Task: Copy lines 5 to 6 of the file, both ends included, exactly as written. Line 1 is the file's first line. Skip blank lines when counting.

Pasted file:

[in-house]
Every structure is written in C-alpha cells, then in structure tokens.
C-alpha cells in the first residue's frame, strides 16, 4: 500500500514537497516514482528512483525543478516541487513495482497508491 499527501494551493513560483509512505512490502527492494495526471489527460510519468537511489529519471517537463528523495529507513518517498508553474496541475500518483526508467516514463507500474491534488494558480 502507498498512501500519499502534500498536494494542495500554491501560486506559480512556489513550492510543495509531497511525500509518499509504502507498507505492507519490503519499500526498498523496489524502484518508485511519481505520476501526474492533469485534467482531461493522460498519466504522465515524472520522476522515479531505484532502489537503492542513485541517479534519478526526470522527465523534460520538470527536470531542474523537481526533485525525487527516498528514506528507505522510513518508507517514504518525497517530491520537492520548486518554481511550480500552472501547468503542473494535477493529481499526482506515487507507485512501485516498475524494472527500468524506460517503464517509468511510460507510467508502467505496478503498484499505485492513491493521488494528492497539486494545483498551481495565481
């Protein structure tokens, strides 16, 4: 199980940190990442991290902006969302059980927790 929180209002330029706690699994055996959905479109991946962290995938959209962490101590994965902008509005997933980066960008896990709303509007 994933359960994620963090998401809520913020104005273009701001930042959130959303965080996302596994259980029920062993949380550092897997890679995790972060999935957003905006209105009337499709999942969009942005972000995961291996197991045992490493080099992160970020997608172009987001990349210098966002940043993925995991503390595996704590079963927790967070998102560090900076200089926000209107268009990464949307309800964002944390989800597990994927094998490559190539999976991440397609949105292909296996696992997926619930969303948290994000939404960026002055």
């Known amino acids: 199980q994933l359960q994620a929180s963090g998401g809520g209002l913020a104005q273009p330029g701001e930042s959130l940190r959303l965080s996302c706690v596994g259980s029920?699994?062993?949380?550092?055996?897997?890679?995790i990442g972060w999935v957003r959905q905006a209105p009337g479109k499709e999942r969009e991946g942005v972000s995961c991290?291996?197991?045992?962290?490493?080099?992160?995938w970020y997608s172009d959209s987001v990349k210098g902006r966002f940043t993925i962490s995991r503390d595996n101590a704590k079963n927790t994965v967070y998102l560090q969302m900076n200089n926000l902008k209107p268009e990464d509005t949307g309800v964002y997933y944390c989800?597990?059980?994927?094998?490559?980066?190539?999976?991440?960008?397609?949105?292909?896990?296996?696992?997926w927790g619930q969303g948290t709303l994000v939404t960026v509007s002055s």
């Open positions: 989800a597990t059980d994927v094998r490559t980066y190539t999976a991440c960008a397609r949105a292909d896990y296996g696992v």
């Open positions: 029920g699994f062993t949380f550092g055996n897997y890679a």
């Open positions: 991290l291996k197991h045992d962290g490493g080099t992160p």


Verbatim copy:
């Known amino acids: 199980q994933l359960q994620a929180s963090g998401g809520g209002l913020a104005q273009p330029g701001e930042s959130l940190r959303l965080s996302c706690v596994g259980s029920?699994?062993?949380?550092?055996?897997?890679?995790i990442g972060w999935v957003r959905q905006a209105p009337g479109k499709e999942r969009e991946g942005v972000s995961c991290?291996?197991?045992?962290?490493?080099?992160?995938w970020y997608s172009d959209s987001v990349k210098g902006r966002f940043t993925i962490s995991r503390d595996n101590a704590k079963n927790t994965v967070y998102l560090q969302m900076n200089n926000l902008k209107p268009e990464d509005t949307g309800v964002y997933y944390c989800?597990?059980?994927?094998?490559?980066?190539?999976?991440?960008?397609?949105?292909?896990?296996?696992?997926w927790g619930q969303g948290t709303l994000v939404t960026v509007s002055s």
């Open positions: 989800a597990t059980d994927v094998r490559t980066y190539t999976a991440c960008a397609r949105a292909d896990y296996g696992v």